• When the optimum time runs out the watch starts counting up so you can easily see how many seconds you have gone over


  • You may be using different minute markers to your friends/coach who are more likely to use count up minute markers
  • If you are recording the course yourself on CrossCountry app, the minute markers will be different to the ones that are initially recorded (they are automatically count up minute markers)

How to remember your minute markers

Now that you have your minute markers.. how do you remember them?

One piece of advice from 5* eventer Craig Barrett is to only pick a couple of minute markers to remember, particularly at the lower levels. “While the minute markers are useful, I strongly believe it’s important not to be looking at your watch at each minute marker at the lower levels. Just pick a couple of minute markers and leave it at that.”

During your course walk, turn on the ‘minute marker reminders’ in CrossCountry app and the app will beep when you walk within a few metres of a minute marker. This will remind you where they are without you needing to look at your phone.

Turn on minute marker reminders in CrossCountry Pro

Tap the location button to hear minute marker reminders

Have a practice if you can. Use training days to practice using the watch and the app so you are confident when you get to a competition.

Find a quiet spot before your round and visualise riding the course. Go through each jump in your mind and think about the line, speed and your riding position. Also visualise when you are going to check your watch and what time it should have on it. If you get stuck remembering a fence, simply open CrossCountry app and look at the photo of the fence. This will trigger your memory into what to do as you come into the fence, at the fence and as you leave the fence. Can’t remember where your 3rd minute marker is? Double check the map.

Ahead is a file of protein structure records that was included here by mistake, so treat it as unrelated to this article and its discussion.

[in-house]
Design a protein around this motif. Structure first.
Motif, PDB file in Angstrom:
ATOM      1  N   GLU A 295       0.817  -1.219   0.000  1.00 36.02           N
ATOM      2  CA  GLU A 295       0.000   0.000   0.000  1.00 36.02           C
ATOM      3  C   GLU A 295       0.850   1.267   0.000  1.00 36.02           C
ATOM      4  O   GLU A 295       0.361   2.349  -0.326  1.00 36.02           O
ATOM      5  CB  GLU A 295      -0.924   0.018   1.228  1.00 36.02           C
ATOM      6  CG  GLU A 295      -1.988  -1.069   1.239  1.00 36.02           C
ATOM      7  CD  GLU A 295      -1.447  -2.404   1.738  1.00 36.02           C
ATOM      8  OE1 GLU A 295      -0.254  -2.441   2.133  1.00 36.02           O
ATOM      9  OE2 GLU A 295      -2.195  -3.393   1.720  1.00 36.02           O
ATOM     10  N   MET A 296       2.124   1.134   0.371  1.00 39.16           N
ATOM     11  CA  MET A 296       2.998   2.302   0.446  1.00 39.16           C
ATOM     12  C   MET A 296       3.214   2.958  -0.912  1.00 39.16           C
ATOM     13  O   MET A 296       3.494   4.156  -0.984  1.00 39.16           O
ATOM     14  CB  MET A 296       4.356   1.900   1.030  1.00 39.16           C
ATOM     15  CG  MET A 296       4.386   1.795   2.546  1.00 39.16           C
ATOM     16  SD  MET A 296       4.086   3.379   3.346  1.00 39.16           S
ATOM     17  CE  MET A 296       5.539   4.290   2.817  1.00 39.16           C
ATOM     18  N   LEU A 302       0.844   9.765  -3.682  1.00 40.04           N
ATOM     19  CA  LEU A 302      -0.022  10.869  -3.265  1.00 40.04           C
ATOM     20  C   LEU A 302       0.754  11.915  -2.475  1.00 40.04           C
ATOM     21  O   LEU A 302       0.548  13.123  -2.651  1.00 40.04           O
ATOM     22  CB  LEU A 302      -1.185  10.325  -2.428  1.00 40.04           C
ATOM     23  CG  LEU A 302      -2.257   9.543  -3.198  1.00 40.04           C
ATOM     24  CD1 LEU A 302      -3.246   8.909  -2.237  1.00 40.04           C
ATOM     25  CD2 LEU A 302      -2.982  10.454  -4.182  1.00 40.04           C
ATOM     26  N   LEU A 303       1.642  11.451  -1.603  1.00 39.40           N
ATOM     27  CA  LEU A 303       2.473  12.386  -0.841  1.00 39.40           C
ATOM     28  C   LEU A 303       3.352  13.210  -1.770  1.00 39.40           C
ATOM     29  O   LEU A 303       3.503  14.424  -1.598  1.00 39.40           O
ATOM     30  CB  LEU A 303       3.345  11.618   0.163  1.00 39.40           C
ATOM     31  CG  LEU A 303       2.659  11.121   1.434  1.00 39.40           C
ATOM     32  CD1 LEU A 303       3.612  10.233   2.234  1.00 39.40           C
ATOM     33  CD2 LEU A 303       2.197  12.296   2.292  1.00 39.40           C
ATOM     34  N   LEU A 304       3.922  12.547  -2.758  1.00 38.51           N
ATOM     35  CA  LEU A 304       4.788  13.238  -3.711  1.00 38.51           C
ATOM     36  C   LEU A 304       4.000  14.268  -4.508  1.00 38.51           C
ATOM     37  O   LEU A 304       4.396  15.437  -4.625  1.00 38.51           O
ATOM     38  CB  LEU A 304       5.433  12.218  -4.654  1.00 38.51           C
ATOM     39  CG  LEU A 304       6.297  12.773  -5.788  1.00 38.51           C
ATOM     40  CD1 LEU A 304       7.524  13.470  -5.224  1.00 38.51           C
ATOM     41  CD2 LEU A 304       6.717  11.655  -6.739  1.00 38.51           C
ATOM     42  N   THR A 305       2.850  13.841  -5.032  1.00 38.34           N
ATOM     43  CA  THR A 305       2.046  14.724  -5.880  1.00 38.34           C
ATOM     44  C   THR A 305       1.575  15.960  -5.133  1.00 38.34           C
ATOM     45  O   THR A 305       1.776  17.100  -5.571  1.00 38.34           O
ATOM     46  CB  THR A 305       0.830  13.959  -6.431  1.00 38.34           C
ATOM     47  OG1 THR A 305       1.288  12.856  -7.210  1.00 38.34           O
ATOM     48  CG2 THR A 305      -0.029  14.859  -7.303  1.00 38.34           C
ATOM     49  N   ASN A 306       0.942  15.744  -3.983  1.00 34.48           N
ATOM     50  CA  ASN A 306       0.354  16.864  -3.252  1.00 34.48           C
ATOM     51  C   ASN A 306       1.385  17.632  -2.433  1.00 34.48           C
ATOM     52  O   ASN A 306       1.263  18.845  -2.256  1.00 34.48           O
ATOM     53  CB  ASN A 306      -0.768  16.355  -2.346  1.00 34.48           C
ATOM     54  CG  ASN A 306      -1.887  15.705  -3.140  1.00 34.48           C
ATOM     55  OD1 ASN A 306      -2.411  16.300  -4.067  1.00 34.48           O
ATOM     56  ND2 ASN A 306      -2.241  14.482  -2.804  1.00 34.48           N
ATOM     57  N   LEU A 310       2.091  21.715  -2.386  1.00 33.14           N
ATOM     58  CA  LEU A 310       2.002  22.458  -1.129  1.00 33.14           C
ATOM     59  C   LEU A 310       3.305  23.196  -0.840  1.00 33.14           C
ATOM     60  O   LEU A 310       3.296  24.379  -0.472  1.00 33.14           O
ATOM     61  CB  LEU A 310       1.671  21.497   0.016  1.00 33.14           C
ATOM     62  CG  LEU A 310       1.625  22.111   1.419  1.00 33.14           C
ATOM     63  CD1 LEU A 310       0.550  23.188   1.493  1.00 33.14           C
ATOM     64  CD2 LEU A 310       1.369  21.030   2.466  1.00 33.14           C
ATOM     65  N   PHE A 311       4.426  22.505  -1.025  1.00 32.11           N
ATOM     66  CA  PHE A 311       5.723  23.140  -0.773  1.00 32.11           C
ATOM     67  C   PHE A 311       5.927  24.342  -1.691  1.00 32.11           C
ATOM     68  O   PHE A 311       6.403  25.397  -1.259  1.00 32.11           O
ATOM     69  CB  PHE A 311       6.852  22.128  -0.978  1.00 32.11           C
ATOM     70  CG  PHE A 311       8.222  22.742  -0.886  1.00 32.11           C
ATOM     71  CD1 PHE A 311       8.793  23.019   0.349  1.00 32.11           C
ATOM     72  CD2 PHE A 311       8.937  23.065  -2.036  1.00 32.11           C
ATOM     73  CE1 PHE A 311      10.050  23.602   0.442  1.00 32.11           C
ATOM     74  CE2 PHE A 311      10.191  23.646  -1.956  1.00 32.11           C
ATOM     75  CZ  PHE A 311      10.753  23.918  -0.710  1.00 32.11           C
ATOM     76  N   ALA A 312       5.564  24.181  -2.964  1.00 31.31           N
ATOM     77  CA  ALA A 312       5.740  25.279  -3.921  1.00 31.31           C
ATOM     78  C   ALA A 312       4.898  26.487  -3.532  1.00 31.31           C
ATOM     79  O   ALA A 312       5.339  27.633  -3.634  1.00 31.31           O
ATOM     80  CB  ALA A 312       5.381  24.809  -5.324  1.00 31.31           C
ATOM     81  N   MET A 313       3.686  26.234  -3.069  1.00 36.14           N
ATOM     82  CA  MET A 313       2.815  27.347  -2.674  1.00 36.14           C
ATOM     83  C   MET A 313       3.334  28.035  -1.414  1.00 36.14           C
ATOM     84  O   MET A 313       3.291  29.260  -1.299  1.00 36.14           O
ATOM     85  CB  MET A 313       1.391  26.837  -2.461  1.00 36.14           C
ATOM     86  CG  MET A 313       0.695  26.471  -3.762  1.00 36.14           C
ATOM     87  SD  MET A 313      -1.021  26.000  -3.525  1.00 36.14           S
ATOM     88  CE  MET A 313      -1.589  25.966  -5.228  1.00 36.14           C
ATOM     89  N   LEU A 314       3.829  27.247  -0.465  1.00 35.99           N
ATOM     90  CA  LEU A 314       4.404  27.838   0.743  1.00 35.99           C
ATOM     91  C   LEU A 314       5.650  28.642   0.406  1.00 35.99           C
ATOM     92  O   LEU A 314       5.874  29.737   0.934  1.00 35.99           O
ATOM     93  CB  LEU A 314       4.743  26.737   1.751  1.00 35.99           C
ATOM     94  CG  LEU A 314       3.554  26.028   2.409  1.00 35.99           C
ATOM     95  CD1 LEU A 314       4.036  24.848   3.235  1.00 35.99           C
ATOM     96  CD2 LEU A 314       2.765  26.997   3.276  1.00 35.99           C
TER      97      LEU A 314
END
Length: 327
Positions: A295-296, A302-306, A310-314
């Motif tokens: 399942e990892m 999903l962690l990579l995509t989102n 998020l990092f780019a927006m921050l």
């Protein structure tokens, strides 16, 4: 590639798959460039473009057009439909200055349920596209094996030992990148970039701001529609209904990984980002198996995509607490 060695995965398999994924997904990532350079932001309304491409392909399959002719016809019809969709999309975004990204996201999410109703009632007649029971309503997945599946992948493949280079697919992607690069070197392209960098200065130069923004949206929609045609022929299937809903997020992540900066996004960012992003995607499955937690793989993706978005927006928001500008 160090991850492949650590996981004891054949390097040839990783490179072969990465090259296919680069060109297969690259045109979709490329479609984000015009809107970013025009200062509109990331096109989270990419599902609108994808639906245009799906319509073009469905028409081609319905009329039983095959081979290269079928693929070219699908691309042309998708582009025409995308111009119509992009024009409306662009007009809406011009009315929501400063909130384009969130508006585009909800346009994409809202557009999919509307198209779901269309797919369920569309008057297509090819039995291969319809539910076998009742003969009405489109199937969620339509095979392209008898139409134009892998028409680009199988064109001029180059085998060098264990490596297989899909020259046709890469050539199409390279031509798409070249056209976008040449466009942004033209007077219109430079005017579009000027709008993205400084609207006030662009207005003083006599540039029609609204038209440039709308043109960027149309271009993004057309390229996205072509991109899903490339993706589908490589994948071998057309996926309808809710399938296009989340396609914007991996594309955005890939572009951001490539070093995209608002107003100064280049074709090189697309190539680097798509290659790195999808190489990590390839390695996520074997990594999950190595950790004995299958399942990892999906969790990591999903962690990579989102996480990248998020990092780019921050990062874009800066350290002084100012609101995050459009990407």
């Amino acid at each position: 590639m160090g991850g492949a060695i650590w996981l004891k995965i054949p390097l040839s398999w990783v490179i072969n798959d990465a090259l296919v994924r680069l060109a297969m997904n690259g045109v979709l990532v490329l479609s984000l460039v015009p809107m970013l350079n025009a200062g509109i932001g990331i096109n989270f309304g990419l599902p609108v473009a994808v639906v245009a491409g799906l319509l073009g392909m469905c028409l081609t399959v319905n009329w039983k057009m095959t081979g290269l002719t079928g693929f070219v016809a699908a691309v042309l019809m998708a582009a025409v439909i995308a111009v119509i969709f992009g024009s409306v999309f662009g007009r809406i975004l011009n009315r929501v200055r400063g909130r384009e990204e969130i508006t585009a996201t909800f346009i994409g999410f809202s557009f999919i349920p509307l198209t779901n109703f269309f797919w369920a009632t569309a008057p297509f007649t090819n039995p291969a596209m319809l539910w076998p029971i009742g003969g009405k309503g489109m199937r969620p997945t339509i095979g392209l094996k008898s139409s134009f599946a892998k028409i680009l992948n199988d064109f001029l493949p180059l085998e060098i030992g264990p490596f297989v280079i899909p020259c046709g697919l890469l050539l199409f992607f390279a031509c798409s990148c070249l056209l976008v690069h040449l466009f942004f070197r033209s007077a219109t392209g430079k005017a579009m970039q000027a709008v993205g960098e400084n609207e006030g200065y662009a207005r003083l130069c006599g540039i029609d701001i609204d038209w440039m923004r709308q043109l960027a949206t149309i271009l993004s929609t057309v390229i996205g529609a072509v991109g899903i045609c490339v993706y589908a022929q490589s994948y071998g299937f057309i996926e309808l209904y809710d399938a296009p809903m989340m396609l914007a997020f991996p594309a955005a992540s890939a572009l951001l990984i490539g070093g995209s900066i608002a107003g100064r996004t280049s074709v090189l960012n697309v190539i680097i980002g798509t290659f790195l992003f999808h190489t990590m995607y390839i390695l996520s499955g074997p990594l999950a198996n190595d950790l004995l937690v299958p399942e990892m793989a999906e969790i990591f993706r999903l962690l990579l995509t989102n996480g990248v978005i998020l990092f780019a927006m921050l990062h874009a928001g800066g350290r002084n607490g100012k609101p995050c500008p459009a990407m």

walking with CrossCountry app
Find a quiet place to visualise your ride

Using minute markers on course

Try to pick minute markers to remember that are not right before a fence, as that is not a good time to be checking your watch. Ideally pick a minute marker that is just after a fence and before a gallop. Or, take note of the time at a fence and check your watch just after that fence. Some riders just like to check when they are half way round. You can work out the half way point by looking at the Time at fence.

minute markers time at jump

Use Time at fence to check your watch before a gallop or to find the half way point

Not all minute markers are equal. Look at the map on CrossCountry app to see which minutes will be “fast” (less fences, long gallops) and which will be “slow” with greater intensity of jumps, twists, turns, up or down hill. This will give you an idea of which minutes you can make up time in, and which ones you might get a bit behind.

5* eventer Craig Barrett says “It’s important to only react to the minute markers if you are having a good round. If things aren’t going so well concentrate on getting back to that plan you have made, thinking about the line, the speed, the rhythm and your position rather than worrying about your time.”

Useful Links

How to enter or change the Optimum time

Provisional and Final Minute Markers

Course Walking and Riding to Time Tips

Download CrossCountry App

appstore link

appstore link